Sunday, December 13, 2009

I Finally Get George Macdonald

In the late ‘70s, when I had just discovered C.S. Lewis, I learned from him of George Macdonald’s work. Lewis had edited George Macdonald: An Anthology, which I bought, and found interesting, but it was not an anthology in the usual sense. It contained no complete works or even substantial excerpts, but rather short quotations ranging from one sentence to a paragraph. I liked what I read, but got no sense of the books from which the excerpts were taken.

A bit later I read two of Macdonald’s novels, Lilith and Phantastes, and was disappointed in them. I didn’t dislike them, but they made no very strong impression on me, and my exploration of Macdonald’s work stopped there, thought I always thought I would give him another try someday.

Well, Janet Cupo has been recommending Macdonald’s “The Golden Key” to me, and I finally read it this weekend. I loved it, and immediately read the next story in the same volume “The History of Photogen and Nycteris,” the story of a boy who knows only day and a girl who knows only night, which I liked even better.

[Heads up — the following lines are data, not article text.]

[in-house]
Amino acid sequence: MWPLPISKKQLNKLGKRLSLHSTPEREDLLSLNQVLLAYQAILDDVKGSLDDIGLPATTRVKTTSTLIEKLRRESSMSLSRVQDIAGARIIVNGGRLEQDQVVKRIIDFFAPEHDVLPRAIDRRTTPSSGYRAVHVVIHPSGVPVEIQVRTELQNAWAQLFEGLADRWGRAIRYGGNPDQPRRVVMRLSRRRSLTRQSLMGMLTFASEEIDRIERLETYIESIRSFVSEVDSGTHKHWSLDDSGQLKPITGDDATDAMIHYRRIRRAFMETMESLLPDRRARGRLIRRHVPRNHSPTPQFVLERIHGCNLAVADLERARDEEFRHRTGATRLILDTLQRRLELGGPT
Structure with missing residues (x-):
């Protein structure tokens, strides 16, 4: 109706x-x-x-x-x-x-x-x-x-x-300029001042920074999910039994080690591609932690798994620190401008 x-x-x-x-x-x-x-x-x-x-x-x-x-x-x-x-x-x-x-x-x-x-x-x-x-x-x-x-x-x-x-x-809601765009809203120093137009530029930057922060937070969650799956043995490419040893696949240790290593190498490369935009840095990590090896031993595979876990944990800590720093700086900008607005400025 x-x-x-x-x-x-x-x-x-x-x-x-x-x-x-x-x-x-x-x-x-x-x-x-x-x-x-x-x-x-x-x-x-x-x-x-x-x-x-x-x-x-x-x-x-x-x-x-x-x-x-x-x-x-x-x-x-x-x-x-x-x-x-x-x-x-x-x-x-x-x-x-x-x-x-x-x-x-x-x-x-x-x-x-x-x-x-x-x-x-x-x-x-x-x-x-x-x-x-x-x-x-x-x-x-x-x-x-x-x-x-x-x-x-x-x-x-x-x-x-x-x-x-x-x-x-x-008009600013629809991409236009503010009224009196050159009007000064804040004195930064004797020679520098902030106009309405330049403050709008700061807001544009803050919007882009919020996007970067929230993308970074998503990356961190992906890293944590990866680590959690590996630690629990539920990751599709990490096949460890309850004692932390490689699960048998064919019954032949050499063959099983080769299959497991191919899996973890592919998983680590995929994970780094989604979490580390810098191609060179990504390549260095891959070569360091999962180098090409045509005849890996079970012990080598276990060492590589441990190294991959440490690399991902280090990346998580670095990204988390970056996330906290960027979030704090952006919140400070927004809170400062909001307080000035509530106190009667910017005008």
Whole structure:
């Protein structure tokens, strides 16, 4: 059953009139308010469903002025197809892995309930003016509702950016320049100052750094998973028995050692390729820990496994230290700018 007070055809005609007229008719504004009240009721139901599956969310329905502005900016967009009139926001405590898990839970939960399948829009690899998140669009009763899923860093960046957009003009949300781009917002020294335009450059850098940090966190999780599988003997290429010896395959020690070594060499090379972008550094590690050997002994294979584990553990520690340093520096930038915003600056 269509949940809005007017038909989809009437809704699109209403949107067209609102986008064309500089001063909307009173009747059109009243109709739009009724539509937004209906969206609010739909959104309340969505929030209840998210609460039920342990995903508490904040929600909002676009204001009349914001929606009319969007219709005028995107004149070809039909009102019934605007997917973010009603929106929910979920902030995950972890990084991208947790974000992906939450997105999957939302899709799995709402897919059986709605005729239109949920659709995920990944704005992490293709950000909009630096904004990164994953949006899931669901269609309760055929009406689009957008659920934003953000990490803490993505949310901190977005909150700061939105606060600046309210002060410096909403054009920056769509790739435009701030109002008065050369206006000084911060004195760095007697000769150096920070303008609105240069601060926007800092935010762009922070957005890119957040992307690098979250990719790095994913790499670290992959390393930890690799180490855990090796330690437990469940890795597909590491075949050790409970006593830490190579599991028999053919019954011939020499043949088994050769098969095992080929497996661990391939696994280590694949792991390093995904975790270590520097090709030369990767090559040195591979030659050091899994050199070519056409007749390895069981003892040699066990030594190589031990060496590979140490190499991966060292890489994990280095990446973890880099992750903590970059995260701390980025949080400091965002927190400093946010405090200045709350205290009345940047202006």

And now I understand. These stories are pure gold. They’re fairy tales of a sort, but fairy tales of an extraordinary richness and clarity and what Lewis called, if I remember correctly, a morning freshness. They are deeply good, and very unusual in literature in that they are able to make good seem intensely desirable. They do not make an argument for good over evil, but simply show them to you clearly. This is a much rarer thing in literature than it might seem; in this respect Macdonald resembles Tolkien. Also, like Tolkien’s work, these stories communicate a piercing and almost unbearable hope that most people hardly dare to entertain, but which Christians ought to believe is not just a hope but a promise. I say “ought to” because I think many of us find it difficult to hold on to. I know I do. And I know I’ll read these two stories many more times. When you get to the end of them you feel as if you’ve glimpsed, from a great distance, but unmistakably, heaven: the world and the life for which our hearts were made, but which most of the time seems impossible to attain—because it is impossible to attain by our own power alone. Macdonald seems like a person who has actually seen it, if not been there, and tells us stories to keep up our faith and courage on the journey.

You can read The Golden Key online here at the web site of the George Macdonald Society. “Photogen and Nycteris” is here, but it’s longer and perhaps not as suitable for online reading. The book which contains the two stories I mentioned, and some others which I will soon read, is published by Eerdmans.